Share this:
Google+

< Contents | Previous | Next >

In the last section, we have learned about the time estimation based on algorithm complexity. The algorithm complexity is measured through asymptotic functions. In this section, we will mention the order of the best, good and bad algorithm time complexity.

Knowing the order of algorithm complexity is important because through it we can analyze, evaluate and design better algorithms.

## Rank 1: Constant Time Complexity

We should say that the **best algorithm **would have time complexity of O(1) which is a constant. This means the run time of the algorithm is either independent of the data size or there is a constant such that the runtime is bounded above by a constant. Nothing is faster than O(1) because O(1/n) is basically the same as O(1) based on the definition bounded above by a constant. The examples of algorithm (including the baby step) with fixed time complexity are the following:

- Assignment to a variable
- Procedure entry
- Procedure exit
- Return value from a function (
*return x;*) - Accessing Array Index (
*float x = Arr[1000];*) - Determining if a number is even or odd
- Swap values between two variables
- Accessing a HashMap value
- Inserting a node in Linked List
- Pushing and Popping on Stack
- Insertion and Removal from Queue
- Finding out the parent or left/right child of a node in a tree stored in Array
- Jumping to Next/Previous element or deleting an element in Doubly Linked List

## Rank 2: Double Logarithmic

Based on the limited list of asymptotic functions in the previous section, the second **best running time **complexity in our list of asymptotic functions is O(log(log(n))) which is double-logarithmic. The examples of algorithms with double-logarithm time complexity are:

- Cheriton-Tarjan MST algorithm
- X-fast trie algorithm, Y-fast trie algorithm: a data structure for storing integers from a bounded domain
- Tango tree algorithm
- Van Emde Boas tree
- multisplay tree data structure
- Hopcroft-Fortune closest pair of points algorithm
- Interpolation search (average)

See also: what cause double-log complexity

## Rank 3: Logarithmic

Next, third **best running time **complexity is O(log(n)) which is logarithmic. The examples of algorithms with logarithm time complexity are:

- Binary Search
- Search, Insert, delete in in a binary search tree (BST)
- Calculating Fibonacci Numbers
- Primality test Fermat method
- Manually looking up people’s name in a phone book

See also: what cause log n complexity, what does O(log(n)) means exactly

## Rank 4: Square Root

Still, the next **best running time **complexity is ( which is square root. The examples of algorithms with square root time complexity are:

- Grover's algorithm for searching an unsorted database
- point updates and range sum queries
- Baby-step giant-step algorithm
- Orthogonal range queries on a bidimensional k-d tree
- Range Min/Max Querying (RMQ)
- Primality test
- Prime factorization

## Rank 5: Linear

The next **best algorithms **would be of linear running time O(n). This means the performance of the algorithm is linearly in direct proportion to the input data size. We know that a linear time complexity means a single for-next loop. The examples of algorithms with linear complexity are:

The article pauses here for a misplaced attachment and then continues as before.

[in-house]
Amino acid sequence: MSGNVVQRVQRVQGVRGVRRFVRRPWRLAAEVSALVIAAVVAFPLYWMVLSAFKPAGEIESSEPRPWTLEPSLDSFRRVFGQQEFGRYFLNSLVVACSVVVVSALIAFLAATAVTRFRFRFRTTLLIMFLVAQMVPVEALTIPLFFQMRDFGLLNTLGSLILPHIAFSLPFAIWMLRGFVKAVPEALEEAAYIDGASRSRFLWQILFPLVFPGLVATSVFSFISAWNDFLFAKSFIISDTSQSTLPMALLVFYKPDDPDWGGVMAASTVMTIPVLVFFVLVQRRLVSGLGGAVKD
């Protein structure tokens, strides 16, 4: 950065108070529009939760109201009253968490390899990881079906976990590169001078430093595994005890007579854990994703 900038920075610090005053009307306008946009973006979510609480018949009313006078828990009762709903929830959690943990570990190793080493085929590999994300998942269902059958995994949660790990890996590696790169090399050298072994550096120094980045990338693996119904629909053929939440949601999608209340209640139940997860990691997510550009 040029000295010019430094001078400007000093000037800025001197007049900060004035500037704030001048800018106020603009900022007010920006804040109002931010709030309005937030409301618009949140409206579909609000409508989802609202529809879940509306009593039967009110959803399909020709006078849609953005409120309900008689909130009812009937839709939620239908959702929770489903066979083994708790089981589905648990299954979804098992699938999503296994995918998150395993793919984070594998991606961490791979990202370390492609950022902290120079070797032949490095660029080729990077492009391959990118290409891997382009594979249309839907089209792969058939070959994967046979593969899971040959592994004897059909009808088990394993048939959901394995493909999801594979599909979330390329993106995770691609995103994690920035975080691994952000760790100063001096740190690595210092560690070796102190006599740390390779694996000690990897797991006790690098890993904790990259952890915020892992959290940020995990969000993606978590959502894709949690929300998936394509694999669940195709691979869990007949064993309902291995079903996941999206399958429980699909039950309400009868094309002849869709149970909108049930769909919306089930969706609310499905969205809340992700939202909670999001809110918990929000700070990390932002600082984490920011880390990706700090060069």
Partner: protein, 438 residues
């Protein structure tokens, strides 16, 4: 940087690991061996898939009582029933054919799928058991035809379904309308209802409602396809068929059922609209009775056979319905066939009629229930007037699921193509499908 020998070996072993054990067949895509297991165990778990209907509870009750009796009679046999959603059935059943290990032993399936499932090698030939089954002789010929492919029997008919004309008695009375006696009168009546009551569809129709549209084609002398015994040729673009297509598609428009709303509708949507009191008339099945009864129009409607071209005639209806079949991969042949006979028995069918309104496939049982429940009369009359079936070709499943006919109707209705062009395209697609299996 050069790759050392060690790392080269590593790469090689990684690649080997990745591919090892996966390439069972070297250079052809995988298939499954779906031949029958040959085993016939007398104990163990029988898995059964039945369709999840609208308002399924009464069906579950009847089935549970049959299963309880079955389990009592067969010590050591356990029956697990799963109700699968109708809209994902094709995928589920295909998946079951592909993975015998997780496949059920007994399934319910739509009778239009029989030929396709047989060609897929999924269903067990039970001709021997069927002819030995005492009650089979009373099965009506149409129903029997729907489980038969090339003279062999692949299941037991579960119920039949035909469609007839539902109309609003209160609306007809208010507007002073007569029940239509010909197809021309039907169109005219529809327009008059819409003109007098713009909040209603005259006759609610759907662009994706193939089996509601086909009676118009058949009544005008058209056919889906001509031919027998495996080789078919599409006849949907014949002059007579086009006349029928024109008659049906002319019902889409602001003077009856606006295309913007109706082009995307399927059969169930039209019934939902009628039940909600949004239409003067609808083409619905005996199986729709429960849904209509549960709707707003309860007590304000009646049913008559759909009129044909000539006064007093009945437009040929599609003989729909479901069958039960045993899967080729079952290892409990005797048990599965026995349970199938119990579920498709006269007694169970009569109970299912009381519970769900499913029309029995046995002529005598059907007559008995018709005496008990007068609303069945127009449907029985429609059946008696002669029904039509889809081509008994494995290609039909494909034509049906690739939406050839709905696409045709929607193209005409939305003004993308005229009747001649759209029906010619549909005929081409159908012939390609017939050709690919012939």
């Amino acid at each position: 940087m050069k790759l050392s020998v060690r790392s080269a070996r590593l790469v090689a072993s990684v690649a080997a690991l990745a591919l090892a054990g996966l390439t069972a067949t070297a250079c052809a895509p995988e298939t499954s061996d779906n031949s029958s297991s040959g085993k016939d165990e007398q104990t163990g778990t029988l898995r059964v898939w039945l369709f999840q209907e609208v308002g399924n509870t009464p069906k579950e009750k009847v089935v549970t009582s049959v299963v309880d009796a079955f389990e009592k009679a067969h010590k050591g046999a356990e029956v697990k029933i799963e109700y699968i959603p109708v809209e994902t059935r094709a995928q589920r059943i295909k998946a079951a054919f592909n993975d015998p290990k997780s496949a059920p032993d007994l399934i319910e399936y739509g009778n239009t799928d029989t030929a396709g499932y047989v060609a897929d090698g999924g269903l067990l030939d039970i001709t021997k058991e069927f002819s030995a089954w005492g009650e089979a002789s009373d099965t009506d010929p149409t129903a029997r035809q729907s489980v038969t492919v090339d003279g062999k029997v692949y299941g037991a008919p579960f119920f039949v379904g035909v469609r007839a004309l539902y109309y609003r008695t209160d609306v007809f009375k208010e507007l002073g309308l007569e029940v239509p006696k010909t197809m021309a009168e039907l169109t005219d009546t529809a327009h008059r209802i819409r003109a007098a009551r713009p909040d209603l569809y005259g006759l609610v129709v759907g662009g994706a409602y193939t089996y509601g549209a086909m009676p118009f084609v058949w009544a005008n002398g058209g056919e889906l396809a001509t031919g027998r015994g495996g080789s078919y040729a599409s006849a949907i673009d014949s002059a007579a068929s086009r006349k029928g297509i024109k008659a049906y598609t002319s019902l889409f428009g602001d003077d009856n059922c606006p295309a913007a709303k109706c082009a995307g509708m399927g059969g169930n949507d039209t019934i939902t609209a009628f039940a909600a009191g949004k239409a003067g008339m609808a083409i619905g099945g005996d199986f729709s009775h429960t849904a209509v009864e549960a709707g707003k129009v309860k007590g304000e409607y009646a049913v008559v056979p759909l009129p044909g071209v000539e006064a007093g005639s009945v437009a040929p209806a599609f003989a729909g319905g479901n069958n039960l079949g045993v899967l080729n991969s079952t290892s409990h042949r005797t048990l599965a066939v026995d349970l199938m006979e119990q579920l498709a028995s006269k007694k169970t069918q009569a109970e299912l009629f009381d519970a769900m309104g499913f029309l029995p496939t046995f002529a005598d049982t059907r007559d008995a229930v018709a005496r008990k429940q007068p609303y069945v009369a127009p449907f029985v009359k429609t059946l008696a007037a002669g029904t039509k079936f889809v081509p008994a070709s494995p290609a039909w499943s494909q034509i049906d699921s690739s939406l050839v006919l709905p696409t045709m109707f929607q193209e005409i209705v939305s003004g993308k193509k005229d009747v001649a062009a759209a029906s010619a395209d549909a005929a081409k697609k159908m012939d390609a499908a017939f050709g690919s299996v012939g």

- Traversing an array in one For-Next loop
- Traversing a linked list
- Boyer–Moore–Horspool algorithm
- Linear Search
- Deletion of a specific element in a Linked List (Not sorted)
- Comparing two strings
- Checking for Palindrome
- Counting/Bucket Sort

## Rank 6: Log-Linear

The next **best running time **is O(n log(n)) or log-linear. Usually Divide and Conquer type of algorithms which are the optimization from O(n^2) algorithms may produce this running time. The examples of algorithms with log-linear complexity are:

Note: There are boundary (or intersection between two asymptotic functions) in which we say that one asymptotic function is faster than the other. For example: Schönhage–Strassen algorithm to multiply large integers has complexity of O(n log(n) log(log(n)) which is a little bit faster than O(n log(n)) if n < 10 billion but slower than O(n log(n)) if n>10 billion. If your data size is less than the boundary, you may select the appropriate algorithm.

## Rank 7: Quadratic

Quadratic running time O(n^2) is the next **good algorithm**. We know that quadratic complexity means Traversing a simple 2D array using double For-Next loop. The examples of algorithms with quadratic complexity are:

## Rank 8: Cubic

Cubic running time or other higher order polynomial asymptotic function is generally still trackable and should be considered as **good algorithm **if there is no better alternative and the data size is limited. The examples of algorithms with quadratic complexity are:

- Floyd–Warshall algorithm

## Rank 9: Exponential

In general, algorithm with exponential time complexity O(c^n) are considered **bad algorithm** in term of running time. The examples of algorithms with exponential complexity are:

- recursive calculation of Fibonacci numbers

## Rank 10: Factorial

The **worst algorithm** in term of time complexity would be factorial O(n!). The examples of algorithms with exponential complexity are:

- List all permutations in an array (of course)
- Brute Force or naïve solution of Traveling Salesman Problem

## Summary

In summary, if we put n = 1 million as our standard of comparison, the best algorithms should have computational speed faster than or equal to O(n log(n)), such as O(log n), O(log log n), O(sqrt(n)), O(n) or O(n log(n)). Look at the table above. You can see that for n=1 million, the O(n log(n)) takes only seconds to finish.

See also: Common Data structure Operation

< Contents | Previous | Next >

These tutorial is copyrighted .

**
How to cite this tutorial:
**

Teknomo, Kardi. (2017) Analysis of Algorithm .

http://people.revoledu.com/kardi/tutorial/Algorithm/